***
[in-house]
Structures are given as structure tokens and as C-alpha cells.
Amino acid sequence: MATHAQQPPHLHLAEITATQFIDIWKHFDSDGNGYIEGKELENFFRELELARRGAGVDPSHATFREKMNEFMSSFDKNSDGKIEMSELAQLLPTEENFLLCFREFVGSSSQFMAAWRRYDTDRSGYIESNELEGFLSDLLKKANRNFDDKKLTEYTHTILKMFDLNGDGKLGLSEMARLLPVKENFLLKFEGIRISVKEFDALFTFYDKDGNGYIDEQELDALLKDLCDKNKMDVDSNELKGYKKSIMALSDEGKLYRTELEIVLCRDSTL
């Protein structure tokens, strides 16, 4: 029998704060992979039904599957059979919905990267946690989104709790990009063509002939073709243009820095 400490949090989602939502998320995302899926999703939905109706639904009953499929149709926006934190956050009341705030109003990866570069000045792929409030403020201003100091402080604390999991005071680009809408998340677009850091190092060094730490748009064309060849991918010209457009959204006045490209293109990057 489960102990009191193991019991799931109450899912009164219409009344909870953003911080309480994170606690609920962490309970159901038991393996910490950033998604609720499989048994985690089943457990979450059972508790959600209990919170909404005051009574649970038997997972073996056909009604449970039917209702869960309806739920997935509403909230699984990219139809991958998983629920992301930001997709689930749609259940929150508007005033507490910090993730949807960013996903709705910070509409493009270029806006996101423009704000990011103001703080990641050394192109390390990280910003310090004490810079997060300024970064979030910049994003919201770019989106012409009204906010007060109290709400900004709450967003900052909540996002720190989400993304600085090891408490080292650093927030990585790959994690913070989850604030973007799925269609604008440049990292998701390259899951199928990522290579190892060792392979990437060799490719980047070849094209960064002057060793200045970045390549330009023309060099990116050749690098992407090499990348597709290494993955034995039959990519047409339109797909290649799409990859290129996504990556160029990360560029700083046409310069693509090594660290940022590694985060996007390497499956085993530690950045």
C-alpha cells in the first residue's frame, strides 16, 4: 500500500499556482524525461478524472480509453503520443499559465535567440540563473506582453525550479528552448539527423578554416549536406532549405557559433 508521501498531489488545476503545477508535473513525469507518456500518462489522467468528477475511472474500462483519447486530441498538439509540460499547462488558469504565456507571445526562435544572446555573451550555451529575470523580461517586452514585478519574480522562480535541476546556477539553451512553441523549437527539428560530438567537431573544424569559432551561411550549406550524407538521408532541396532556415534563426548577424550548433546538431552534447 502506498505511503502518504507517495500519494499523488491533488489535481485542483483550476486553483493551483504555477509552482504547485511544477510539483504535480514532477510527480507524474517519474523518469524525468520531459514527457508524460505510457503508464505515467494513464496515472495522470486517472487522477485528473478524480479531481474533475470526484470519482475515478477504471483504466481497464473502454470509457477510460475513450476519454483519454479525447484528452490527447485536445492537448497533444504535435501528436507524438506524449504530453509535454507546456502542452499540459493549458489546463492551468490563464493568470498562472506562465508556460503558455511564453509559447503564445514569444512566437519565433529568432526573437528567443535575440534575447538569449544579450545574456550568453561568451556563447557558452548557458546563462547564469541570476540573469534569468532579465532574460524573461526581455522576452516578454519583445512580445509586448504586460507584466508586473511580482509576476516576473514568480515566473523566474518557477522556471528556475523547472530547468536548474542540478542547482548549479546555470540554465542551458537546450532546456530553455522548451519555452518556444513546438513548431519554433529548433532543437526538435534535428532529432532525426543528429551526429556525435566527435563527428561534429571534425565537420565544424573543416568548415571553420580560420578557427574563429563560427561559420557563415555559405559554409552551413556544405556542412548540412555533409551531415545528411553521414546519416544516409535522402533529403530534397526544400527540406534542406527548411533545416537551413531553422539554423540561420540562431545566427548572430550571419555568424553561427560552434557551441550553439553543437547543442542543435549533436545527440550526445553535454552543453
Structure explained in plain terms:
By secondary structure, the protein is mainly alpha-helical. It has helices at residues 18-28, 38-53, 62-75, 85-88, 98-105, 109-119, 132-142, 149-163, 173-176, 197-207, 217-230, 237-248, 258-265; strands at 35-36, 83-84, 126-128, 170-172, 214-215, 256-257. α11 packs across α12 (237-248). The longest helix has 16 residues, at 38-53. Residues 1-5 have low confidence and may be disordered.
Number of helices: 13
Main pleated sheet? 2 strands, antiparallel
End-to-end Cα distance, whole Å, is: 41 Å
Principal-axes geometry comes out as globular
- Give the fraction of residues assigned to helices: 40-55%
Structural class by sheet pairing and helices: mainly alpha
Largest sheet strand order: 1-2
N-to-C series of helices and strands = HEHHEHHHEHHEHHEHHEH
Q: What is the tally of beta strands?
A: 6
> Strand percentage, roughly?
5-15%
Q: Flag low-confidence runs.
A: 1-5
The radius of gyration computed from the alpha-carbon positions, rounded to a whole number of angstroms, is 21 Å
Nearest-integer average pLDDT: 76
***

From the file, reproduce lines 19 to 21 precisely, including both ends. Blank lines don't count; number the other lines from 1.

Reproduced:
5-15%
Q: Flag low-confidence runs.
A: 1-5